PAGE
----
In societies around the world, dynamic changes are occurring at the intersection of religion and politics. In some settings, these changes are driven by internal shifts within religions; in others, by shifting political structures, institutional contexts, or by war or other upheavals. Cambridge Studies in Social Theory, Religion and Politics publishes books that seek to understand and explain these changes to a wide audience, drawing on insight from social theory and original empirical analysis. We welcome work built on strong theoretical framing, careful research design, and rigorous methods using any social scientific method(s) appropriate to the study. The series examines the relationship of religion and politics broadly understood, including directly political behavior, action in civil society and in the mediating institutions that undergird politics, and the ways religion shapes the cultural dynamics underlying political and civil society.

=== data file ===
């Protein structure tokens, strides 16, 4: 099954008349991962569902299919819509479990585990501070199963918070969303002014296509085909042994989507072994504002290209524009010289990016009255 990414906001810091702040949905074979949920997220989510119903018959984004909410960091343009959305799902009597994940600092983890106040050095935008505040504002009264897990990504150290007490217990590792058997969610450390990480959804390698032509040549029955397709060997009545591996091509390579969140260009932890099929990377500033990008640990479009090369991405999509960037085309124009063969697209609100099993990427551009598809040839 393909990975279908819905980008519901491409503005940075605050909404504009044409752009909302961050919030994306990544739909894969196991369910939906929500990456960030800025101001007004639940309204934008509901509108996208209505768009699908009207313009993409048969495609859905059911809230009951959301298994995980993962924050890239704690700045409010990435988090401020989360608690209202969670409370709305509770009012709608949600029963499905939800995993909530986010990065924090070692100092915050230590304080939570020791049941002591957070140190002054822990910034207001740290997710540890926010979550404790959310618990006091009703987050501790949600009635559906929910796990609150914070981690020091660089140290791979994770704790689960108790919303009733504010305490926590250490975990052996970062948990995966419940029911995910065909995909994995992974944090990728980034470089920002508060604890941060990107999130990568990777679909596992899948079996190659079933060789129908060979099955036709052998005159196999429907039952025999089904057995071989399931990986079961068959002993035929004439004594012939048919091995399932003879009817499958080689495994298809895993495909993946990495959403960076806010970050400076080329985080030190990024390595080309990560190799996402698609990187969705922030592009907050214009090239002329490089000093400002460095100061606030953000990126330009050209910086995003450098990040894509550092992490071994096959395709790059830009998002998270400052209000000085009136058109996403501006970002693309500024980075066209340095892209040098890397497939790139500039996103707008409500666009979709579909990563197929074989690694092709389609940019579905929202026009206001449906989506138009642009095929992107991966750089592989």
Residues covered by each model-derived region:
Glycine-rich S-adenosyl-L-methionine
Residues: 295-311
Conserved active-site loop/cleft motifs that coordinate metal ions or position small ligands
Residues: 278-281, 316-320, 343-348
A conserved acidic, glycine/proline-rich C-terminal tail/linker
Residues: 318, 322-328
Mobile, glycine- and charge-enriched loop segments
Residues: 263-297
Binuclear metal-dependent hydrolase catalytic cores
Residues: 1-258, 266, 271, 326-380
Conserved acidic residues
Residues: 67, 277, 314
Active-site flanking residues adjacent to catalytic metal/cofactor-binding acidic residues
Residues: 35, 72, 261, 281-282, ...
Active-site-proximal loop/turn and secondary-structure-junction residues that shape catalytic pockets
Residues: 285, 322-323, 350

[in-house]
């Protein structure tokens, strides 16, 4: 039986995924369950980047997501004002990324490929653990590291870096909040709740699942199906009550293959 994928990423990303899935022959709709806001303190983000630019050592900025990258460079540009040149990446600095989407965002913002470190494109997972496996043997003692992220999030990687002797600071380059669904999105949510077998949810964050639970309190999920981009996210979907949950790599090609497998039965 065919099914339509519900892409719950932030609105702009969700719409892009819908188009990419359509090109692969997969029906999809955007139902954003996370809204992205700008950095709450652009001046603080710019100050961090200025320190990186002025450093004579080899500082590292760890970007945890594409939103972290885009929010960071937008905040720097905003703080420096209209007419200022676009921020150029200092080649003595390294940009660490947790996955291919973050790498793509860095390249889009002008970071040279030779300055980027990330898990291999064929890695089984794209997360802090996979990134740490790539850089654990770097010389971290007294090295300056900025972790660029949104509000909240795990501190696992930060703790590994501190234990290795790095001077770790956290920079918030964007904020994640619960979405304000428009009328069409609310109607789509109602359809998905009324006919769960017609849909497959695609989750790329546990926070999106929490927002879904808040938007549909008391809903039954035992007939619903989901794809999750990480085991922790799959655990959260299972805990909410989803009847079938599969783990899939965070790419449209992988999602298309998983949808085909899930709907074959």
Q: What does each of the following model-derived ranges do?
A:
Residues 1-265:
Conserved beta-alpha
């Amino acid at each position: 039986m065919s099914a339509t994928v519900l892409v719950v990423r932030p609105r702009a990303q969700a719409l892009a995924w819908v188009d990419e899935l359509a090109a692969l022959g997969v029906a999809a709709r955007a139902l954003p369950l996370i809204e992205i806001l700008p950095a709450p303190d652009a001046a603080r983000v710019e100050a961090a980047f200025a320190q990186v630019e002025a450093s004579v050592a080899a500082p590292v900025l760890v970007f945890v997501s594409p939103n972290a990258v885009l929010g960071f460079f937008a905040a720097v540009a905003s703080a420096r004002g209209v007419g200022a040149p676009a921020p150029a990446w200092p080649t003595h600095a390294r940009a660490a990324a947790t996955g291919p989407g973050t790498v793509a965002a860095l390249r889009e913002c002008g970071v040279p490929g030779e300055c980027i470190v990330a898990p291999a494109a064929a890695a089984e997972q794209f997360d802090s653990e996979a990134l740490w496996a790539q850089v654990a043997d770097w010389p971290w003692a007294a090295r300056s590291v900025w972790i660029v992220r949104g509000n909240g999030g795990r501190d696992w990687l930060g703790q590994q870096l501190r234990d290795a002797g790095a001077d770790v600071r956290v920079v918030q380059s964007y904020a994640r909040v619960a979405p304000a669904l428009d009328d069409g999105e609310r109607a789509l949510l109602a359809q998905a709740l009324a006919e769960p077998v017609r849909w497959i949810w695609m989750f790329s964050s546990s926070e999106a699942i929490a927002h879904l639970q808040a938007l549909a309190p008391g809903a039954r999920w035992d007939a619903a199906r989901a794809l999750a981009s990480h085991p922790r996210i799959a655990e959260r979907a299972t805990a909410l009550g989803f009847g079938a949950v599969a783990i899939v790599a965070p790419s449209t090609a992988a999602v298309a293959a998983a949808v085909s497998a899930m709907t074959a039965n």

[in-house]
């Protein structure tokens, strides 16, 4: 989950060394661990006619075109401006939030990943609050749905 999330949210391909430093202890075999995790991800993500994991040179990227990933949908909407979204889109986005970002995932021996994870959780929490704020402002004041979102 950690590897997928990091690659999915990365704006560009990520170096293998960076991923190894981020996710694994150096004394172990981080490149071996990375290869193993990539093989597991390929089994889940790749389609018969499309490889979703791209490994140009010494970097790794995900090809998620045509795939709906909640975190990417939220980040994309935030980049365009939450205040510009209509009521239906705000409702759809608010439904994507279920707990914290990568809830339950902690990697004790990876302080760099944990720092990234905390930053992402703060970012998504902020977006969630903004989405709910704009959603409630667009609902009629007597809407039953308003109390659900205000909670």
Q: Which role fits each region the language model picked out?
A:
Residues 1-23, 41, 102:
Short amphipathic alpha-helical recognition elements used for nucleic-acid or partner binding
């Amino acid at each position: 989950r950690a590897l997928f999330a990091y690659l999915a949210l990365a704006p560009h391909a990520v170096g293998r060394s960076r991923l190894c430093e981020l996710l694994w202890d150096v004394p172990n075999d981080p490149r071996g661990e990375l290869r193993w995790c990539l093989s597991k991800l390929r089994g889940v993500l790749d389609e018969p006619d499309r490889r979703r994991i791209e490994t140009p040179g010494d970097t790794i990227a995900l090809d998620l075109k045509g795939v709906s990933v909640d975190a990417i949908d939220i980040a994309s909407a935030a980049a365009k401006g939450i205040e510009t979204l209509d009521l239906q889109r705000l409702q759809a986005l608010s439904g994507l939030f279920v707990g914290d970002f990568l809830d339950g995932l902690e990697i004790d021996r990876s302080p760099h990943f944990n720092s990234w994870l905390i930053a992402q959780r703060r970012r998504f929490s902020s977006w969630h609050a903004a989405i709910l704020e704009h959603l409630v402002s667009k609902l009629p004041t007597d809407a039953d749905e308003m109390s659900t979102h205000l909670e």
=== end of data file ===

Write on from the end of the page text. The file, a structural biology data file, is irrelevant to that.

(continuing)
General Editors: David E. Campbell, University of Notre Dame, Indiana; Kenneth D. Wald, University of Florida; Anna M. Grzymala-Busse, Stanford University, California; Richard L. Wood, University of New Mexico
Founding Editor: David C. Leege, University of Notre Dame, Indiana
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